The Internet has been for the most part an anonymous place, where users can go about their business without fear of repercussion. Arguments often take place with the participants physically unscathed. It seems that those days are falling by the wayside, for favor of a responsible Internet, in which users are tied directly to their actual identities and will be held accountable for the things they say or do. Google took the lead with this and decided that each of the user profiles would have to be an actual name and not a nickname or the like. Google is also taking steps to let users verify their own identities as soon as they present the proper information.
Since its advent, Google+ users have been restricted to using their own names for their profile, a decision that has been heralded by some but scorned by others. Finally, Google has decided that it will allow nicknames on the social network. Later this week, users will be able to choose alternatives to their own name, in the form of a pseudonym. There is only one thing to be aware of when choosing your name: no matter what you choose to have as a nickname, it will always occur simultaneously with your actual name. Some argue that it should be easier to conceal your identity in order to protect it, but Google is remaining firm in its position to not let you.
Google+ has only been around for seven months, but it is steadfast in forcing users to stick to their real names, adopting a policy similar to Facebook’s. If users did not use their real identities, their accounts would be disabled. This successfully reinforced Google’s clarity on the matter. While at first Google would disable the account unannounced, it later began making the users aware of its actions beforehand.
Now that there are 90 million users and 60% of them want to be able to add a nickname to their own online identity, Google decided to let them. Google is also the destination for businesses who would like to establish themselves with a profile instead of a user page, in the same way Facebook does. Facebook allows users to create profiles with nicknames and change ones name for a set amount of times before reverting back to the original. This is one step away from MySpace which allow users to put whatever they wanted into the name box, with no link to your real name or identity.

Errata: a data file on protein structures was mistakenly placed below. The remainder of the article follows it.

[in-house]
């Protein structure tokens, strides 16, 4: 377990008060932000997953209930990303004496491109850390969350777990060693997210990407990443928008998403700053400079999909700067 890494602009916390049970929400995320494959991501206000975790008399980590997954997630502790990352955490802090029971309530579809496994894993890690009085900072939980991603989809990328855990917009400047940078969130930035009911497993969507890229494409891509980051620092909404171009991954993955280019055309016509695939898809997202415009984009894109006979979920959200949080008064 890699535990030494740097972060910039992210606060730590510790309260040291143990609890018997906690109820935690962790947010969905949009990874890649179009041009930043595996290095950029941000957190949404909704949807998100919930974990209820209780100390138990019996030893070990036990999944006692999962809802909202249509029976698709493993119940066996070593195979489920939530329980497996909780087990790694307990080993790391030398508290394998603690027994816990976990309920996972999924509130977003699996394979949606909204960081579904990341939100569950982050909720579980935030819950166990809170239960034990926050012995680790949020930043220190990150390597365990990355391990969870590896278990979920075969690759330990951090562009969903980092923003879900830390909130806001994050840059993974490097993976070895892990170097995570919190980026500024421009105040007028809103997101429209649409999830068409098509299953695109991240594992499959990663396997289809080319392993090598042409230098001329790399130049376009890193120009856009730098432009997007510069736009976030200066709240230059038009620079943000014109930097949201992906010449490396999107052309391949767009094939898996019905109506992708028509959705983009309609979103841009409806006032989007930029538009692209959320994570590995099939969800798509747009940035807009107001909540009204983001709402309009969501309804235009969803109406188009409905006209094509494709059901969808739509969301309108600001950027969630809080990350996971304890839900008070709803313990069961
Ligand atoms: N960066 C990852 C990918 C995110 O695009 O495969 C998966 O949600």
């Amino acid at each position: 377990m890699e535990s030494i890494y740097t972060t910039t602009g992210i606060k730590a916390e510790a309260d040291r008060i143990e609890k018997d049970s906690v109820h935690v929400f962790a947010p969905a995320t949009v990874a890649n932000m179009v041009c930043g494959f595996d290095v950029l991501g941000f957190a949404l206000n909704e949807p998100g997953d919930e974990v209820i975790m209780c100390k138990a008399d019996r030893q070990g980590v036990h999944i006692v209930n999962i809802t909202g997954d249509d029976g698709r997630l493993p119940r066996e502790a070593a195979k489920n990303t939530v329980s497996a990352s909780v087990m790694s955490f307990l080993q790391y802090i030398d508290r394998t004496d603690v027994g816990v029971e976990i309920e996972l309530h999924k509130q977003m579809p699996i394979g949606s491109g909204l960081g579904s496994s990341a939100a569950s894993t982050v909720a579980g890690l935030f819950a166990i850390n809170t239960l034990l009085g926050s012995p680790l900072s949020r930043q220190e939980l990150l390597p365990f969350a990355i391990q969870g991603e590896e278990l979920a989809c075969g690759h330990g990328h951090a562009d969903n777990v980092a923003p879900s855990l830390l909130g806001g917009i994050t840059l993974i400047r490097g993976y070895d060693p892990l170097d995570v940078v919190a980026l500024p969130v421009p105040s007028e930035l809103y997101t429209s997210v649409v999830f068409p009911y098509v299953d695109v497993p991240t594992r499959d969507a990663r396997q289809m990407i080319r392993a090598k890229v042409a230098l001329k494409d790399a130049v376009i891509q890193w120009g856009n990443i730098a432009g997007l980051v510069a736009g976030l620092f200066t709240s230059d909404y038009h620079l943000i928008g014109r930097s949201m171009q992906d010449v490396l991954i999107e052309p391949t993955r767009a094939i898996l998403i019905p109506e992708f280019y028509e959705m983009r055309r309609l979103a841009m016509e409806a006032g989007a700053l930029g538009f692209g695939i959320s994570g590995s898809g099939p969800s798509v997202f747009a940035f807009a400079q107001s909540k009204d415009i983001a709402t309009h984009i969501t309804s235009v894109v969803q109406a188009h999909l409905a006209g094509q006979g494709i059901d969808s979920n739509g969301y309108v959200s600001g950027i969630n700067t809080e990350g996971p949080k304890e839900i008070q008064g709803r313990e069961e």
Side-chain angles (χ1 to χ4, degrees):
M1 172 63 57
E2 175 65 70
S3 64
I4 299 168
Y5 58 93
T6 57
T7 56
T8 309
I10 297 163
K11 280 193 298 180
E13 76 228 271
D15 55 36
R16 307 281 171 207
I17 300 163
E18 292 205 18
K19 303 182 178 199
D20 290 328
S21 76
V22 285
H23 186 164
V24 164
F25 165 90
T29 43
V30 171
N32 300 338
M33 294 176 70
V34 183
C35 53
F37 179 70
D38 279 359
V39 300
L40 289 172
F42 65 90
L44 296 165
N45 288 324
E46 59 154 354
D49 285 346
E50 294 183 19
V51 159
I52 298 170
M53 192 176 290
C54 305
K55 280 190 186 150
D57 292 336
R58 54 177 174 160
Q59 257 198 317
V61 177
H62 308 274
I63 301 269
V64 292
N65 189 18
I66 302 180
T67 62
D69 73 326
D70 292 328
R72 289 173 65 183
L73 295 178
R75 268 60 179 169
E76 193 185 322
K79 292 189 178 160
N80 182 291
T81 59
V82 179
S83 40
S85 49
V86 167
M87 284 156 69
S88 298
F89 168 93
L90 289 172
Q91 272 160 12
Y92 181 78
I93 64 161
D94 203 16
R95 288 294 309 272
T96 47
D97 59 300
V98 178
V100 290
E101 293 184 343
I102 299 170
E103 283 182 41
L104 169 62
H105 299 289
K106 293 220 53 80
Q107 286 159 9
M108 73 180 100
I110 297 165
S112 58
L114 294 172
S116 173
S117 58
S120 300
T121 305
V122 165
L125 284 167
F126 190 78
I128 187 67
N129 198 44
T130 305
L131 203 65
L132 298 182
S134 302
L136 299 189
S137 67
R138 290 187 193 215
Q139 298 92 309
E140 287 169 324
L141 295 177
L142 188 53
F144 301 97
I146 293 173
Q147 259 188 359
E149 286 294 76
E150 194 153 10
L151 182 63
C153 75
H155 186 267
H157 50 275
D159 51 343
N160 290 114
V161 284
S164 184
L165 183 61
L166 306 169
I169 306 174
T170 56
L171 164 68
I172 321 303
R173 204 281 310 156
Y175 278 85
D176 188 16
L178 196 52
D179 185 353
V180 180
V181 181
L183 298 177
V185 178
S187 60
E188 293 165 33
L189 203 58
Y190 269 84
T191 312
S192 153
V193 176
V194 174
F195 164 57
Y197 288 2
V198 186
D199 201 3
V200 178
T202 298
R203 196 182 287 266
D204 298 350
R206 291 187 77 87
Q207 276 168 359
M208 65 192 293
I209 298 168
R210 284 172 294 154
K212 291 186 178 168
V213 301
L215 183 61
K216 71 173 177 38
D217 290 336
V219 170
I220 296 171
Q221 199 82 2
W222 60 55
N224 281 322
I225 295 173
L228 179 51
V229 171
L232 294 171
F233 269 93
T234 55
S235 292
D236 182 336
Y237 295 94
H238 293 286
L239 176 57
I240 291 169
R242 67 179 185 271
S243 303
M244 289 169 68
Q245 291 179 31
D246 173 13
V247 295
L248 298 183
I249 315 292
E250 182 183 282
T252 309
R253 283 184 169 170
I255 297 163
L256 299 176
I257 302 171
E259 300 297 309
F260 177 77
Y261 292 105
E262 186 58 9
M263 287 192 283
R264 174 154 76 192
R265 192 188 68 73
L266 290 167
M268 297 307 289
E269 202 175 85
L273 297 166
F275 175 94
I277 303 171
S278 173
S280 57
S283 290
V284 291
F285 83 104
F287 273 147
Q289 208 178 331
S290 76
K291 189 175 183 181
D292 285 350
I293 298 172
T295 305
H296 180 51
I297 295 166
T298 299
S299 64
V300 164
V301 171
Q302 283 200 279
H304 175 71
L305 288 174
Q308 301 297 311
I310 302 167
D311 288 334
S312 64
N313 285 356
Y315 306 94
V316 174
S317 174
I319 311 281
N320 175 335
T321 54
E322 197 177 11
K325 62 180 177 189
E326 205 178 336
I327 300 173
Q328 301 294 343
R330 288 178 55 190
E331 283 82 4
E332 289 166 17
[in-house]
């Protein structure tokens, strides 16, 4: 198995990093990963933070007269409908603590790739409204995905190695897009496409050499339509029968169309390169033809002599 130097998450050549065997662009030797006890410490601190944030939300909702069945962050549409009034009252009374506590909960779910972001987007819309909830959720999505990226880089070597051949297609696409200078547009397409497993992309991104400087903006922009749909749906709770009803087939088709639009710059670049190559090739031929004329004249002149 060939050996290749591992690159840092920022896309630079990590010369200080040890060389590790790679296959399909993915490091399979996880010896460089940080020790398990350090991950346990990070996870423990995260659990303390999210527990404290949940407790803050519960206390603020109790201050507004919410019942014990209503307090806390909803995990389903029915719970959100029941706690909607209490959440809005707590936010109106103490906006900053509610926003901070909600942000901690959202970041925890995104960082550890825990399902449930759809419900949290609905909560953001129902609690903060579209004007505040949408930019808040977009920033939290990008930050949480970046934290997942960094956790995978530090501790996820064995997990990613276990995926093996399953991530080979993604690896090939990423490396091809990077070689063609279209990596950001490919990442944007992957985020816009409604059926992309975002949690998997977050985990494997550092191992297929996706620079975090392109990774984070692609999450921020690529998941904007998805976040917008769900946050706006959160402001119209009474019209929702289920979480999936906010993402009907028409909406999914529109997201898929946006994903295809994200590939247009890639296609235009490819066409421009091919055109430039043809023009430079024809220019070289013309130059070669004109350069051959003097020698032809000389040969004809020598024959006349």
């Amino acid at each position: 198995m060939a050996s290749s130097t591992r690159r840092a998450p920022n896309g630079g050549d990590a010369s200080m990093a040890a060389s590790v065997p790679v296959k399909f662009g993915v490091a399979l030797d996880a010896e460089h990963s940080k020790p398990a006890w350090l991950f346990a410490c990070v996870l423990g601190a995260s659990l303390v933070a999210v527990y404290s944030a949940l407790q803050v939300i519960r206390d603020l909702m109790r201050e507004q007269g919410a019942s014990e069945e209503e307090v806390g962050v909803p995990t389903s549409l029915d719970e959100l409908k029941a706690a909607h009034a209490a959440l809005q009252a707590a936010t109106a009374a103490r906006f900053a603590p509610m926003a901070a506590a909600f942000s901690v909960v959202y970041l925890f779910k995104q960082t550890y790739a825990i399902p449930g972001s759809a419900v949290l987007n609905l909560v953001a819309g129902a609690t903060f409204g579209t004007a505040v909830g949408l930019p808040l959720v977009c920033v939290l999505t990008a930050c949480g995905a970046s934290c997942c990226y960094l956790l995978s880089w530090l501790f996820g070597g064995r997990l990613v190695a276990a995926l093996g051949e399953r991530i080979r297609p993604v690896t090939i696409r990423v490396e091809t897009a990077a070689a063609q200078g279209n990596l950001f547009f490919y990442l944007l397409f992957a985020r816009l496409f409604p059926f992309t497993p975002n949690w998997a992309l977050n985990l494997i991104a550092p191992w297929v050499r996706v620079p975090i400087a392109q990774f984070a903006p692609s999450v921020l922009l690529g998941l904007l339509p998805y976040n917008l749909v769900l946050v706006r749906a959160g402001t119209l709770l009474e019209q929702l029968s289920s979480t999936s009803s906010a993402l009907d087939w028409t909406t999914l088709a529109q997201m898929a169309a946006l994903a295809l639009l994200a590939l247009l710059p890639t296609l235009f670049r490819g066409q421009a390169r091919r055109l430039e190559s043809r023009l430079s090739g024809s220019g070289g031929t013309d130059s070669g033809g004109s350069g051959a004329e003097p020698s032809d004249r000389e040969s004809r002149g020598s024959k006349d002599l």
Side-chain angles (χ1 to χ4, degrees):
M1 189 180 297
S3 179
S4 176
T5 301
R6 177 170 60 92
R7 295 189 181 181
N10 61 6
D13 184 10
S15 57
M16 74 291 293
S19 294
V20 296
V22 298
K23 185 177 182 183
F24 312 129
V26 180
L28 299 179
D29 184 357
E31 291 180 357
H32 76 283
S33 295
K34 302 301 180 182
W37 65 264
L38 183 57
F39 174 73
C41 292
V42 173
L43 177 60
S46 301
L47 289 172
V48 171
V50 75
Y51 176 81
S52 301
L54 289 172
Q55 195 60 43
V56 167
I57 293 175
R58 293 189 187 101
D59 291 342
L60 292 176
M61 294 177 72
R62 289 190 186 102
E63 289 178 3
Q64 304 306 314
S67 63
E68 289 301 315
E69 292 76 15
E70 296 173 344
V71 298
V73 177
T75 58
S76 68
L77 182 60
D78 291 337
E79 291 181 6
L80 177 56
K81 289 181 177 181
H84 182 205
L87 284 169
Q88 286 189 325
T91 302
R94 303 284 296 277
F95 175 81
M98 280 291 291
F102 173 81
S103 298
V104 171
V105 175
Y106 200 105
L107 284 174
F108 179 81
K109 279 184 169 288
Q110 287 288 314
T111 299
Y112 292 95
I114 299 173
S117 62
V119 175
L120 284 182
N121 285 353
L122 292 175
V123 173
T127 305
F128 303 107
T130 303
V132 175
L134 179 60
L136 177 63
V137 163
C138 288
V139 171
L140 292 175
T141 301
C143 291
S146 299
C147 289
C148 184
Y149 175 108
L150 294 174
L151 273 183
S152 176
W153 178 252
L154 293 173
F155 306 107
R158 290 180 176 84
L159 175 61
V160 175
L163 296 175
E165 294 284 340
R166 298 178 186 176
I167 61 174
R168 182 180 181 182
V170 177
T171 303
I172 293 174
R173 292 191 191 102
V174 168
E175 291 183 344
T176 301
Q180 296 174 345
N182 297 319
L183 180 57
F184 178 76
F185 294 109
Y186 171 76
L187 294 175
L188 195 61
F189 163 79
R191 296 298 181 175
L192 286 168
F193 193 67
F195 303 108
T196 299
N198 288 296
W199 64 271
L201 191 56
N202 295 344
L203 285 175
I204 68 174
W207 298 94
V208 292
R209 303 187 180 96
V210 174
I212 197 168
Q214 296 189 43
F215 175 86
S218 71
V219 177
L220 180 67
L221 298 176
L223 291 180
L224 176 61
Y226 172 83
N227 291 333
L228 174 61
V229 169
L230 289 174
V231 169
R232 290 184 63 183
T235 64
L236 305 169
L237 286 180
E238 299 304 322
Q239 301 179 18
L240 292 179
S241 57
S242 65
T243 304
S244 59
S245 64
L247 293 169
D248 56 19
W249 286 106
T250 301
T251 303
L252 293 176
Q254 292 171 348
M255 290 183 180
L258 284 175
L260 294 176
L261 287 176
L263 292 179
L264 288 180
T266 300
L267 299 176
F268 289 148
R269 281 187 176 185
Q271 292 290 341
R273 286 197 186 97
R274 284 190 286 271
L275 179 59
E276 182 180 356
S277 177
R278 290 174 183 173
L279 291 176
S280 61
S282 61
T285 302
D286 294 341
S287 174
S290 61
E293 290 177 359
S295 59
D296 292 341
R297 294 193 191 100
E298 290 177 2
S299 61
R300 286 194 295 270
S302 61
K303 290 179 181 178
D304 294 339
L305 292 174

If you decide that you want to add an alternate name, it will only be added to your existing name and will not replace it entirely. You will hold onto your own name, regardless of what names you decide to go by. For example, if you want to have the word “sir” as your nickname, the word “sir” will appear inside your own name, like a middle name, or at the end of you name, like a suffix. You can not just have the word “sir” as your name. You can add your nickname easily by going to edit profile and selecting your name and more options.
Don’t forget that Google has implemented a user verification system, which allows users to claim their name once they are able to provide proper verification. You will have to provide a driver’s license as well as other scanned documents in order to do so, but it may give you some piece of mind. Once the user is able to establish a meaningful and authentic following, this user can also be validated, but we are not sure at this time how large this following would have to be in order to gain this title.
This seems like Google is loosening some of its holds on the users of Google+ but it is certainly not a step toward anonymity. Many things go on the Internet that could be prevented if verified names were used and people had to take responsibility for their actions. In the future, we can imagine a place in which the Internet is tied directly to a user’s identity. A user’s identity online will become just as valid as his offline, to be accountable for his actions, whatever they may be.